Do You Have Hearing Loss Friends?

A few weeks ago I attended HLAA’s annual convention. It is always a treat. Several days of hearing accessible workshops, learning about new products available for people with hearing loss in the exhibition hall, and just plain fun, hanging out with my hearing loss friends. It is a great mix of people — some with more severe hearing issues, some with less, but each has something to teach me in terms of coping skills and tricks of the trade. And simply friendship. I can’t wait for next year.

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Why Should You Care About OTC Hearing Aids?

Hearing aids have been taking Washington DC by storm of late. First was the President’s Council of Advisors on Science and Technology (PCAST) report entitled “Aging America & Hearing Loss: Imperative of Improved Technologies” in 2015, followed by the National Academy of Sciences (NAS) report “Hearing Health Care for Adults: Priorities for Improving Access and Affordability” last summer.

Both recommended a new category of hearing aids — one that could be sold over-the-counter (OTC) similar to how people buy aspirin or reading glasses. And just a few months ago, a bipartisan bill that authorizes a new category of OTC hearing aids for people with mild to moderate hearing was introduced in Congress.

The idea has been quite controversial, with proponents favoring the improved ease of access for these important devices and detractors worried that audiologists would be cut out of the process, increasing the risk that the aids would be used improperly or even dangerously.

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Living With Hearing Loss Proudly Sponsors Open Captions on Broadway!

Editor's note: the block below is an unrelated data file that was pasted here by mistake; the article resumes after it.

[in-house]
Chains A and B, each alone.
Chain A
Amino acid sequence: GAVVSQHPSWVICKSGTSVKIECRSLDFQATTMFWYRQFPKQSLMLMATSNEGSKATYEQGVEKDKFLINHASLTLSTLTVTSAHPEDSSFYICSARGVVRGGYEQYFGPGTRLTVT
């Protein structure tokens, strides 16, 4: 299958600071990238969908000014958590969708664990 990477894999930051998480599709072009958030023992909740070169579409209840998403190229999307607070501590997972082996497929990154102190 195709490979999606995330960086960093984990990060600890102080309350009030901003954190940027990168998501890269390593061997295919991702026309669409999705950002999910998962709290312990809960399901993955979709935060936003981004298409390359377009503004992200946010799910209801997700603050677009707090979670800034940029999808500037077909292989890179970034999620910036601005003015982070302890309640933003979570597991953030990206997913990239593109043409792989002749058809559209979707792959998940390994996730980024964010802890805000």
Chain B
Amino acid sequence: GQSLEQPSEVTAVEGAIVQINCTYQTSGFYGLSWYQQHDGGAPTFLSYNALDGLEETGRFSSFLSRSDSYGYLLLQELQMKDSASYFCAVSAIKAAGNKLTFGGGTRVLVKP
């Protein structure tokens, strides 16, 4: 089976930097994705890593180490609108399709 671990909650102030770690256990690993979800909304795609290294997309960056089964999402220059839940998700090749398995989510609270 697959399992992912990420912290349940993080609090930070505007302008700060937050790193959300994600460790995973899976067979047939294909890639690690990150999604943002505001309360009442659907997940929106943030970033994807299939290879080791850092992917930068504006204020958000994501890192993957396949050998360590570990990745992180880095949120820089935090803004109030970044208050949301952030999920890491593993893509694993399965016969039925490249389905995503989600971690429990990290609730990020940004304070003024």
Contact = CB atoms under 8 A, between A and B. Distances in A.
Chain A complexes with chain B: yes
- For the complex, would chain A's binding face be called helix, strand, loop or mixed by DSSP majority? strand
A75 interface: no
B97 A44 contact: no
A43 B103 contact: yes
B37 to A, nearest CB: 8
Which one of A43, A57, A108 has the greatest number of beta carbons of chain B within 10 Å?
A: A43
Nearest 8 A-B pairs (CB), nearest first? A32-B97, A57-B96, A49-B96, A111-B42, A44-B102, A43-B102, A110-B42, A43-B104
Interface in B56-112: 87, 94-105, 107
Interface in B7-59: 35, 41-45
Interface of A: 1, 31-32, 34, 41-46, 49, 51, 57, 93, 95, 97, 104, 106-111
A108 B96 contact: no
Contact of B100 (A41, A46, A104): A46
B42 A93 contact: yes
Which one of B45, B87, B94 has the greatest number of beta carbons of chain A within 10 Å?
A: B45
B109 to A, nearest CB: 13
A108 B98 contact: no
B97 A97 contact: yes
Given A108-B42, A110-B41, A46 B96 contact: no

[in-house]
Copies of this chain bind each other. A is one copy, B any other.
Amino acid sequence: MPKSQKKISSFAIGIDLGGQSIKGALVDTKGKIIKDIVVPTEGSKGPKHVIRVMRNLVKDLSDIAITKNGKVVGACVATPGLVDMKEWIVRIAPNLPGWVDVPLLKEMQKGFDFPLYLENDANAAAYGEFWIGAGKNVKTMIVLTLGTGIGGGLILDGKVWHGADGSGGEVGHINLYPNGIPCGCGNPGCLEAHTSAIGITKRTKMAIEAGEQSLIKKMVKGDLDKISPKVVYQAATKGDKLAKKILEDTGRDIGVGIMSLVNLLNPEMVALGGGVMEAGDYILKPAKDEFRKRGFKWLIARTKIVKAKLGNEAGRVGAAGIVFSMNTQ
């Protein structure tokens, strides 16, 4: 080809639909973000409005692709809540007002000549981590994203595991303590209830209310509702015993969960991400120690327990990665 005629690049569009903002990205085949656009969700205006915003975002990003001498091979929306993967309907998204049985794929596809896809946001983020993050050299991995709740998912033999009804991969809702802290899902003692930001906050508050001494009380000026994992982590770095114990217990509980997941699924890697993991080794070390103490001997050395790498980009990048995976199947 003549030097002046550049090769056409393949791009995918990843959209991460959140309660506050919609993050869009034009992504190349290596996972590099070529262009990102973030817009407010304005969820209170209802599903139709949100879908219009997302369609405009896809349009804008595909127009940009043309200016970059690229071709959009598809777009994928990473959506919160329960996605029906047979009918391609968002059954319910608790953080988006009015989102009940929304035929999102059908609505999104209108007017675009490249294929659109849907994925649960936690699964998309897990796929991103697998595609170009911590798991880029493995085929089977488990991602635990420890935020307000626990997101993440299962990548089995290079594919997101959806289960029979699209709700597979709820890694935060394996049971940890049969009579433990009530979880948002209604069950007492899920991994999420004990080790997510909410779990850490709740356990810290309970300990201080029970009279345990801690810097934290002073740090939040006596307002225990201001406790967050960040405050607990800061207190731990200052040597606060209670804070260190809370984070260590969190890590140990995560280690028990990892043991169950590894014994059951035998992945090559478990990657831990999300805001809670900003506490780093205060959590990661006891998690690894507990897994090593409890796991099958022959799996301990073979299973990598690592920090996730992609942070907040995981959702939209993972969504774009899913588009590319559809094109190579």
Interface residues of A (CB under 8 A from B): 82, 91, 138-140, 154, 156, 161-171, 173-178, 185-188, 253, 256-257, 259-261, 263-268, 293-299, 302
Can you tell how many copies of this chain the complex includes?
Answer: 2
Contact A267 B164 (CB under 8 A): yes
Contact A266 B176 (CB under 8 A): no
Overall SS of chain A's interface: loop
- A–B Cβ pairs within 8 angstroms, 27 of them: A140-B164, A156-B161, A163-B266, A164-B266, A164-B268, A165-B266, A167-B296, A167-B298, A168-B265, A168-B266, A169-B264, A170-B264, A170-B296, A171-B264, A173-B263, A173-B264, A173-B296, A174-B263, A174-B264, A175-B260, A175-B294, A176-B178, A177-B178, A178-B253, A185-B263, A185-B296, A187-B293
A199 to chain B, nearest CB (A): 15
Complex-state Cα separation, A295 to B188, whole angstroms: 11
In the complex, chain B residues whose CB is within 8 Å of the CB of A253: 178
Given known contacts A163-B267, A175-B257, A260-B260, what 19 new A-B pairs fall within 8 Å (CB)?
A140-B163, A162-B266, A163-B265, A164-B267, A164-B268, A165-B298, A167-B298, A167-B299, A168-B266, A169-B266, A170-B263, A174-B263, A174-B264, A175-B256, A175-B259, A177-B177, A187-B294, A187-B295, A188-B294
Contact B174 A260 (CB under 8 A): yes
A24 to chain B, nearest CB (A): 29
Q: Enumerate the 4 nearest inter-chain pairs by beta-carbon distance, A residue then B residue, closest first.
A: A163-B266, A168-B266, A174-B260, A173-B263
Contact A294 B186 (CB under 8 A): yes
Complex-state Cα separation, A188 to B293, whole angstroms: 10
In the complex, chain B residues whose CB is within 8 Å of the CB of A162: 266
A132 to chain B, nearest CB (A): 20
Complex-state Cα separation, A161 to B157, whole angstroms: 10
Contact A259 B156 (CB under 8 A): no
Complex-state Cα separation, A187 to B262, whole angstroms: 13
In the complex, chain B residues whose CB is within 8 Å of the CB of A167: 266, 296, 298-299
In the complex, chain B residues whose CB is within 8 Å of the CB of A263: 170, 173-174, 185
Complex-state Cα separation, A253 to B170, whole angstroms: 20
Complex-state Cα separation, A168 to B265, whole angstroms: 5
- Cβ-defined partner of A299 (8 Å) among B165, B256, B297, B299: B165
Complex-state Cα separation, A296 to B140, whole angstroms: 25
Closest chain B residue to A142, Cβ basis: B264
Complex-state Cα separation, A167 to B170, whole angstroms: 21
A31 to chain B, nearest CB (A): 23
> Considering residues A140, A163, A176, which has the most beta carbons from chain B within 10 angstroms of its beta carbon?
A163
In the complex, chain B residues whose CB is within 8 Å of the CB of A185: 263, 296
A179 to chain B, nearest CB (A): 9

I love attending the theater, so there is no greater honor for Living With Hearing Loss than to sponsor the open captions at two recent Broadway shows presented by Theater Development Fund (TDF) — Hamilton and Miss Saigon. I hope there are many more open captioned performances coming for both shows. And others!

Through its TAP Accessibility Program, TDF supports numerous open captioned performances on and off-Broadway each year. You can find the list of current NYC offerings here. For other US cities click here. Tickets are available through its website for eligible members. You can join for free here. I try to attend as many shows as I can.

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What To Do When Nobody Can See Your Hearing Loss Struggle

I am proud to share my hearing loss story and tips on Mango Health

Any disability can be challenging in daily life, but one that is invisible creates additional obstacles. Being invisible can make it harder for people to be aware of your disability, to provide assistance without being asked, or even, in some cases, to take it seriously. Hearing health advocate Shari Eberts shares five suggestions that can help make your struggle more visible to improve your quality of life.

Living With Hearing Loss | A Hearing Loss Blog

“But, you don’t look like you have a hearing problem,” the gentleman said to me, from across the aisle. I had asked if he would mind switching seats with me in a crowded auditorium, so I could have a better view of the speaker. Given my hearing loss, I always do better if I can see the presenter’s mouth so I can lipread to fill in the things I miss by listening.

I stared at him in surprise. Did he expect my ears to be flashing red to indicate a problem? Or maybe they would have out of order signs hanging from them? Didn’t he realize that someone can’t look deaf?

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When Your Mother Has Hearing Loss

Your mother is always there for you. She loves you, before herself. She is your caregiver, confidant, and friend. She is always willing to lend an ear to your daily triumphs and concerns. But what if she can no longer hear you because of a hearing loss? How can you help her through this challenge so that you can both continue to enjoy your special relationship for many years to come? Here are my suggestions. Please share yours in the comments.

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